WPP has posted its first sales growth in five quarters in its first earnings report under new chief executive Mark Read, who pledged to spend more to fuel growth at the company.
The owner of Group M and Ogilvy reported a 0.7% increase in like-for-like revenues less pass-through costs, a measure previously known as net sales during the reign of Read’s predecessor Sir Martin Sorrell.
It was better than the four quarters when revenues less pass-through costs fell by 0.1% in the first quarter of 2018, 1.3% in Q4 2017, 1.1% in Q3 2017 and 1.7% in Q2 2017.
In a solid quarter of 2018, WPP also reported like-for-like revenue was up 2.4%.
However, shares dropped 7% in trading this morning after the company opted to hold the share dividend flat.
The company’s profit margin also lowered, which Read said was due to increased investment as well as some areas of the business underperforming, such as in the US.
North America was again the weakest performing region for WPP, with a 0.3% fall in like-for-like revenue to £1.42bn. The UK was up 1% to £549m, while continental Europe grew much faster: up 4.6% to £783m. Asia and Latin America were up 4.5% to £1.2bn.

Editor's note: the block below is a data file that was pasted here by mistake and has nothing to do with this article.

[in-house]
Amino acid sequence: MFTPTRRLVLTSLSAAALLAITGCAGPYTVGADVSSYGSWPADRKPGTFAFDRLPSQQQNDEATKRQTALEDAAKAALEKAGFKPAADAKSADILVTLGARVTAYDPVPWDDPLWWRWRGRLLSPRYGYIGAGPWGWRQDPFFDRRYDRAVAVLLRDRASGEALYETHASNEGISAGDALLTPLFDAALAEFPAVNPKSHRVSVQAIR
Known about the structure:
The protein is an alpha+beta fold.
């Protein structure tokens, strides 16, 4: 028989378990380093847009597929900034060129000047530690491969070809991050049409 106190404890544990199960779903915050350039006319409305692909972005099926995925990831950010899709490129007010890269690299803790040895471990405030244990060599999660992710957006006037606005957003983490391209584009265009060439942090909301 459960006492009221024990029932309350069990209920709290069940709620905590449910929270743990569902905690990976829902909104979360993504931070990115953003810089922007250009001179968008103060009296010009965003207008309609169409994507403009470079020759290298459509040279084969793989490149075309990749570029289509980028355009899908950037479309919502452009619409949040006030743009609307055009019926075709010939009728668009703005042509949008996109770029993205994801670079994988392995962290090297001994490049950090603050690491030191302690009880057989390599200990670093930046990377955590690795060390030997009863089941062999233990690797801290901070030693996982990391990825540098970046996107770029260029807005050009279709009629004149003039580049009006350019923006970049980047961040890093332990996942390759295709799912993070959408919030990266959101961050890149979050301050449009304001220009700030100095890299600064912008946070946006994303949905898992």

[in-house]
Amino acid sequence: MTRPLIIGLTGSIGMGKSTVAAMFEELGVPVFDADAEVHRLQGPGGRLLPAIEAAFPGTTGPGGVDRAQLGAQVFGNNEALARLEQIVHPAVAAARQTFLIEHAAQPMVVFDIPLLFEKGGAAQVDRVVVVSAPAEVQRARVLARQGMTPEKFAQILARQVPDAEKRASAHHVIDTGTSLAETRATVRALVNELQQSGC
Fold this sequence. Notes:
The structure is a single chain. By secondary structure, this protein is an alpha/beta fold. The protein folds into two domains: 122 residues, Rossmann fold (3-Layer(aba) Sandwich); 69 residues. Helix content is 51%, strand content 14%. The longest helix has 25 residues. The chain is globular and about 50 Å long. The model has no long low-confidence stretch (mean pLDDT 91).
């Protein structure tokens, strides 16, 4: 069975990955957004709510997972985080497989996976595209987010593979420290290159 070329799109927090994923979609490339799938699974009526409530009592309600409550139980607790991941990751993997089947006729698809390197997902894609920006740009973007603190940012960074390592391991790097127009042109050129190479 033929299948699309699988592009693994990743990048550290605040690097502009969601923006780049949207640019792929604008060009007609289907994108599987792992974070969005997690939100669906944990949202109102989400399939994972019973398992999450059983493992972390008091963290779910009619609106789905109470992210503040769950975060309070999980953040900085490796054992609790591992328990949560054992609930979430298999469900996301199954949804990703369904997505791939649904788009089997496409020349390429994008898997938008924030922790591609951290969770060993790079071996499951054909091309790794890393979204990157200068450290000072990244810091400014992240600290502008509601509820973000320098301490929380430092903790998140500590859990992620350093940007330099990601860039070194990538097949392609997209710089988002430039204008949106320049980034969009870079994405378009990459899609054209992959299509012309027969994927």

The world’s biggest advertiser, the US consumer goods giant Procter & Gamble, has slashed spend on advertising agencies and production fees in the last couple of years, as has its rival Unilever. Meanwhile, advertisers have shifted budgets towards online advertising on Google and Facebook.
However, Read pointed to progress made in the last few months since Sorrell’s departure and said WPP performed strongly in terms of winning and retaining business.
"We have focused our efforts on providing more effectively integrated solutions to clients and, in competitive pitches, we have won or grown business with clients including Adidas, Hilton, Mars, Mondelez, Shell and T-Mobile," Read said.
He added: "As chief executive, my focus will be on invigorating our company and returning the business to stronger, sustainable growth. Our review of strategy is underway, addressing our structure, our underperforming operations, particularly in the US, and how we position the company for the future."
Read was appointed as WPP chief executive yesterday following a five-month search to replace Sorrell, who quit in April amid an investigation into claims of personal misconduct. Sorrell has denied wrongdoing.